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dvb
2005-Oct-22, 07:14 AM
I just noticed this article while browsing through google news.

http://www.chron.com/cs/CDA/ssistory.mpl/nation/3408065


WASHINGTON - Including the theory of "intelligent design" in high school biology courses would confuse, mislead and alienate students from fields where the number of U.S. researchers is dwindling, scientists warned at a debate on the issue Friday.

emphasis mine

They can't even make it out of the first sentence, without getting it wrong it seems. I emailed the author, Grand Schulte, and kindly explained to him the difference between theory and untestable hypothesis. Hopefully he'll correct it, but somehow I'm doubtful. :(

Wolverine
2005-Oct-22, 08:59 AM
I can't say I'm surprised, but applaud your effort nonetheless.

zebo-the-fat
2005-Oct-22, 10:41 AM
ID solves nothing, if some super intelegent creature/god/whatever made the universe/life etc. then who made it and where were the makers? (outside the universe??? ) Even if it was true, it just moves things back one step and solves nothing!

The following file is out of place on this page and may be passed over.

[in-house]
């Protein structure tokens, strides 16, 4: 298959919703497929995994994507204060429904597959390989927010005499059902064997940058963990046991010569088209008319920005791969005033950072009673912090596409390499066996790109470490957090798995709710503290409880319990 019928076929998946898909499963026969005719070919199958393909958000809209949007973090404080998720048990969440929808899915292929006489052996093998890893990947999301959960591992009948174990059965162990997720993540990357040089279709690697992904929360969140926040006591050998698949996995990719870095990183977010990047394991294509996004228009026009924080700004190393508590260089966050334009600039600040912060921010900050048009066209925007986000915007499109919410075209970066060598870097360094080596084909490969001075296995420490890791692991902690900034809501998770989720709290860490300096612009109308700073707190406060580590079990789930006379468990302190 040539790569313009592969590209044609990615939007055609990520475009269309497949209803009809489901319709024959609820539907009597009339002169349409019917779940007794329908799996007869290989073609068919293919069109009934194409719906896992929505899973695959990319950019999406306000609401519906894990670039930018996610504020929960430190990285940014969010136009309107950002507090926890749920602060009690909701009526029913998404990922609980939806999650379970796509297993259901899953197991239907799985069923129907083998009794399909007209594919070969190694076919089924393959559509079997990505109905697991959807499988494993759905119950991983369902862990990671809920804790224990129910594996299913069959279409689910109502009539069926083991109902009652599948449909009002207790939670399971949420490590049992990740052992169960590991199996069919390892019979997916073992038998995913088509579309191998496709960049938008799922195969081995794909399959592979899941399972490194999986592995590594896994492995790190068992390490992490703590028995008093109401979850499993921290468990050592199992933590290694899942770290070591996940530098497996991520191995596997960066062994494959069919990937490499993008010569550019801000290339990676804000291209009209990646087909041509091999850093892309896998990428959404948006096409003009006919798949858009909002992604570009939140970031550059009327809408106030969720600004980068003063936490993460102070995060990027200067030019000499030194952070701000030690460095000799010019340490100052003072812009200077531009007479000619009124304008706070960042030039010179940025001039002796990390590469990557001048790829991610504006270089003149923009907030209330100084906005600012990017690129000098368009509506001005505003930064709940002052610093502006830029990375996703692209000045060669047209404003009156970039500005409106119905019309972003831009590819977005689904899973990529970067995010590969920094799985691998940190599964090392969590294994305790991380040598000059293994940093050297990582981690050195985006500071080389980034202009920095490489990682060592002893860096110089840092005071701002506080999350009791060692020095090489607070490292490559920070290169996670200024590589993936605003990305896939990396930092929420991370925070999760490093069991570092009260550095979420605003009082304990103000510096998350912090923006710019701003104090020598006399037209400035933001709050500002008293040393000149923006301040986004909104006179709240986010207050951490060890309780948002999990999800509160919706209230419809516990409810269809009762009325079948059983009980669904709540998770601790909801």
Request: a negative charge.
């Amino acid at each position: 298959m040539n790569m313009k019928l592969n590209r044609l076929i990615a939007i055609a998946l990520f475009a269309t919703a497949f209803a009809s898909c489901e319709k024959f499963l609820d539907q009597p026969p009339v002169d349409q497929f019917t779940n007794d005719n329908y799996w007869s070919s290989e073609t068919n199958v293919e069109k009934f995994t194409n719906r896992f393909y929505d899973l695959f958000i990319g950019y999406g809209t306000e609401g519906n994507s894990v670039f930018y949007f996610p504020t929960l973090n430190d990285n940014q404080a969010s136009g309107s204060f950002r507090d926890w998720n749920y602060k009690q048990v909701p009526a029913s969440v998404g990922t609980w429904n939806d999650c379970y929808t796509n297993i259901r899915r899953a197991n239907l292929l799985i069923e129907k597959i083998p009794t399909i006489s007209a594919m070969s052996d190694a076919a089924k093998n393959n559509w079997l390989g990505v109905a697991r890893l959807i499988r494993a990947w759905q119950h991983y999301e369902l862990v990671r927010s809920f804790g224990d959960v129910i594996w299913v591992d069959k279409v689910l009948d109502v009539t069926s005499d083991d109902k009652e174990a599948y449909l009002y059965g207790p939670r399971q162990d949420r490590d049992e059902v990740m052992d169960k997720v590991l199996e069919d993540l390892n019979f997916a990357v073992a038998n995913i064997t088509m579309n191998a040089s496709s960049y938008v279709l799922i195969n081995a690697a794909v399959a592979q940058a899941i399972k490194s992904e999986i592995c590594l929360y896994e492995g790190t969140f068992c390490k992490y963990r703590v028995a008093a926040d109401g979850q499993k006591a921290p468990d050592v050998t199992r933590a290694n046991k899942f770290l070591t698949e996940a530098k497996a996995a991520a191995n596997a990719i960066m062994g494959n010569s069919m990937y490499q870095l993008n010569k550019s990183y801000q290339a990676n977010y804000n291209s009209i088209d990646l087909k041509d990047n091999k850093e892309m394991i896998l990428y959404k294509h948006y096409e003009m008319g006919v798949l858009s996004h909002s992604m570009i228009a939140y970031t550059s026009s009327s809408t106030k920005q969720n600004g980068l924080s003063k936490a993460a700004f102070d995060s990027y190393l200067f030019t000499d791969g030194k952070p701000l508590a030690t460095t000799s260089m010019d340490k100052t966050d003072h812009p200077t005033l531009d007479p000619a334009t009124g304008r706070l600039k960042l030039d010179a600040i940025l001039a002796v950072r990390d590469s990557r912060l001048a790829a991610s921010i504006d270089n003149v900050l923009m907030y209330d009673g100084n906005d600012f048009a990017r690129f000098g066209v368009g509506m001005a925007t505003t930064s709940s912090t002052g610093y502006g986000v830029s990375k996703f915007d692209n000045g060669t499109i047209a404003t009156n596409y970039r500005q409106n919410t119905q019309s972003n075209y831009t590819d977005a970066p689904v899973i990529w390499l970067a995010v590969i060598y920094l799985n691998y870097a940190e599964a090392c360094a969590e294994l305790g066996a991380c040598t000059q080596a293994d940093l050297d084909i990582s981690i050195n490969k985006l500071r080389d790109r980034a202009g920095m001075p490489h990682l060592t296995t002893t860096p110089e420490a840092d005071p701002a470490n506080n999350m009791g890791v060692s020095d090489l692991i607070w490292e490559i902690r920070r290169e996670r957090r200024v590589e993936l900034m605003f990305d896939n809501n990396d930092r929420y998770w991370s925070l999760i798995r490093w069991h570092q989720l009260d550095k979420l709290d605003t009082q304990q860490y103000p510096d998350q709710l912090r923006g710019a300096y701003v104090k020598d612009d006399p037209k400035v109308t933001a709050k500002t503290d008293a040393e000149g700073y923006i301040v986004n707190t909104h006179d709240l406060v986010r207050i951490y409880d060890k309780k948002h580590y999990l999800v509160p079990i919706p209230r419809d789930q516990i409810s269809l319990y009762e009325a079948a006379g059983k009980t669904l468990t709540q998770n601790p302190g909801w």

Disinfo Agent
2005-Oct-22, 06:16 PM
They can't even make it out of the first sentence, without getting it wrong it seems. I emailed the author, Grand Schulte, and kindly explained to him the difference between theory and untestable hypothesis. Hopefully he'll correct it, but somehow I'm doubtful. :(Come on, they're not scientists... As long as they don't call it science, I don't think there's a problem.

Intelligent Design on Trial (http://www.theonion.com/content/node/41260) ;)

Kristophe
2005-Oct-22, 07:14 PM
Come on, they're not scientists... As long as they don't call it science, I don't think there's a problem.

Intelligent Design on Trial (http://www.theonion.com/content/node/41260) ;)

The problem is that too many people accept modern evolutionary theory as "only a theory". To call ID a theory is putting it on equal footing with other legitimate theories in their minds. It paints an ugly picture of scientists trying to repress ideas and free speech dogmatically.